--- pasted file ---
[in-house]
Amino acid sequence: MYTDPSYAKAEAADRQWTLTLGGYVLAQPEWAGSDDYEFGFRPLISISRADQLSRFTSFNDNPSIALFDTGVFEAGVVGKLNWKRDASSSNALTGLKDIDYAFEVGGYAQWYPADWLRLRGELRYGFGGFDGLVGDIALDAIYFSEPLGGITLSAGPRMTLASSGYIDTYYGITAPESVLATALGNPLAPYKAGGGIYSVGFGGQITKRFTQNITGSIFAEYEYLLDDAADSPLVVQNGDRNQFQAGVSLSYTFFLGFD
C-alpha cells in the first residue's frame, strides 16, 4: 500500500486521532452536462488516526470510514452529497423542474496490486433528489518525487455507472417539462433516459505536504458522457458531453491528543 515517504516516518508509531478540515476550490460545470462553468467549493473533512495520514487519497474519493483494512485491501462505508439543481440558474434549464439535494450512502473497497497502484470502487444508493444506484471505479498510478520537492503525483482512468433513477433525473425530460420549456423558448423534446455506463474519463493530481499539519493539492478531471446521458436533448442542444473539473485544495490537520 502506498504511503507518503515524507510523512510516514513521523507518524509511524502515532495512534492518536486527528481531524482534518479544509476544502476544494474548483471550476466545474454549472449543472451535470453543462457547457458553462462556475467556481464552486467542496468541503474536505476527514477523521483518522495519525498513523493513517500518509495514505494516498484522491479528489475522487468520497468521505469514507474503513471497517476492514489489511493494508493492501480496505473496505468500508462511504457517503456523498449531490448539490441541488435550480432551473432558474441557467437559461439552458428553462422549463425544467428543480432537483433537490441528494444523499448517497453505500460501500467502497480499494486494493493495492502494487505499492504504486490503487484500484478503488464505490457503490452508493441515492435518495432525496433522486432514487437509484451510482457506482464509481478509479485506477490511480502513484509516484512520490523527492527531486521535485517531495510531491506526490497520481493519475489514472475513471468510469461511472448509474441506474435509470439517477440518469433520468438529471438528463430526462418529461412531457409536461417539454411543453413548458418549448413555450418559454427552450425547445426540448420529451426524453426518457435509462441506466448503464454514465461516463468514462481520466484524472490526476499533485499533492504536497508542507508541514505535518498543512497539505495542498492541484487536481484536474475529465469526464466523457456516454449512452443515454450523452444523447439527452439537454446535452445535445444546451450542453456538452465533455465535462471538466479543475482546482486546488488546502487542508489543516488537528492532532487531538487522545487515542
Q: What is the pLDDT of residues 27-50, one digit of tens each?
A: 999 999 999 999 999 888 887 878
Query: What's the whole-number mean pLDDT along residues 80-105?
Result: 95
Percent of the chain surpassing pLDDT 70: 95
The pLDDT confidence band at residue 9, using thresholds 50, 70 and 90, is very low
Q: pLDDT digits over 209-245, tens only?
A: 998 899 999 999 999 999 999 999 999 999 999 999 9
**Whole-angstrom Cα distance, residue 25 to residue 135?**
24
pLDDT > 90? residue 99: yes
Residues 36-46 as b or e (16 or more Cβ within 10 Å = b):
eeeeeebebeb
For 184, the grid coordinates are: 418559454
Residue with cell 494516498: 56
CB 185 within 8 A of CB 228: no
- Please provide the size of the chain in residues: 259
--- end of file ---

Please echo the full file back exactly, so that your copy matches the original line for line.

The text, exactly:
[in-house]
Amino acid sequence: MYTDPSYAKAEAADRQWTLTLGGYVLAQPEWAGSDDYEFGFRPLISISRADQLSRFTSFNDNPSIALFDTGVFEAGVVGKLNWKRDASSSNALTGLKDIDYAFEVGGYAQWYPADWLRLRGELRYGFGGFDGLVGDIALDAIYFSEPLGGITLSAGPRMTLASSGYIDTYYGITAPESVLATALGNPLAPYKAGGGIYSVGFGGQITKRFTQNITGSIFAEYEYLLDDAADSPLVVQNGDRNQFQAGVSLSYTFFLGFD
C-alpha cells in the first residue's frame, strides 16, 4: 500500500486521532452536462488516526470510514452529497423542474496490486433528489518525487455507472417539462433516459505536504458522457458531453491528543 515517504516516518508509531478540515476550490460545470462553468467549493473533512495520514487519497474519493483494512485491501462505508439543481440558474434549464439535494450512502473497497497502484470502487444508493444506484471505479498510478520537492503525483482512468433513477433525473425530460420549456423558448423534446455506463474519463493530481499539519493539492478531471446521458436533448442542444473539473485544495490537520 502506498504511503507518503515524507510523512510516514513521523507518524509511524502515532495512534492518536486527528481531524482534518479544509476544502476544494474548483471550476466545474454549472449543472451535470453543462457547457458553462462556475467556481464552486467542496468541503474536505476527514477523521483518522495519525498513523493513517500518509495514505494516498484522491479528489475522487468520497468521505469514507474503513471497517476492514489489511493494508493492501480496505473496505468500508462511504457517503456523498449531490448539490441541488435550480432551473432558474441557467437559461439552458428553462422549463425544467428543480432537483433537490441528494444523499448517497453505500460501500467502497480499494486494493493495492502494487505499492504504486490503487484500484478503488464505490457503490452508493441515492435518495432525496433522486432514487437509484451510482457506482464509481478509479485506477490511480502513484509516484512520490523527492527531486521535485517531495510531491506526490497520481493519475489514472475513471468510469461511472448509474441506474435509470439517477440518469433520468438529471438528463430526462418529461412531457409536461417539454411543453413548458418549448413555450418559454427552450425547445426540448420529451426524453426518457435509462441506466448503464454514465461516463468514462481520466484524472490526476499533485499533492504536497508542507508541514505535518498543512497539505495542498492541484487536481484536474475529465469526464466523457456516454449512452443515454450523452444523447439527452439537454446535452445535445444546451450542453456538452465533455465535462471538466479543475482546482486546488488546502487542508489543516488537528492532532487531538487522545487515542
Q: What is the pLDDT of residues 27-50, one digit of tens each?
A: 999 999 999 999 999 888 887 878
Query: What's the whole-number mean pLDDT along residues 80-105?
Result: 95
Percent of the chain surpassing pLDDT 70: 95
The pLDDT confidence band at residue 9, using thresholds 50, 70 and 90, is very low
Q: pLDDT digits over 209-245, tens only?
A: 998 899 999 999 999 999 999 999 999 999 999 999 9
**Whole-angstrom Cα distance, residue 25 to residue 135?**
24
pLDDT > 90? residue 99: yes
Residues 36-46 as b or e (16 or more Cβ within 10 Å = b):
eeeeeebebeb
For 184, the grid coordinates are: 418559454
Residue with cell 494516498: 56
CB 185 within 8 A of CB 228: no
- Please provide the size of the chain in residues: 259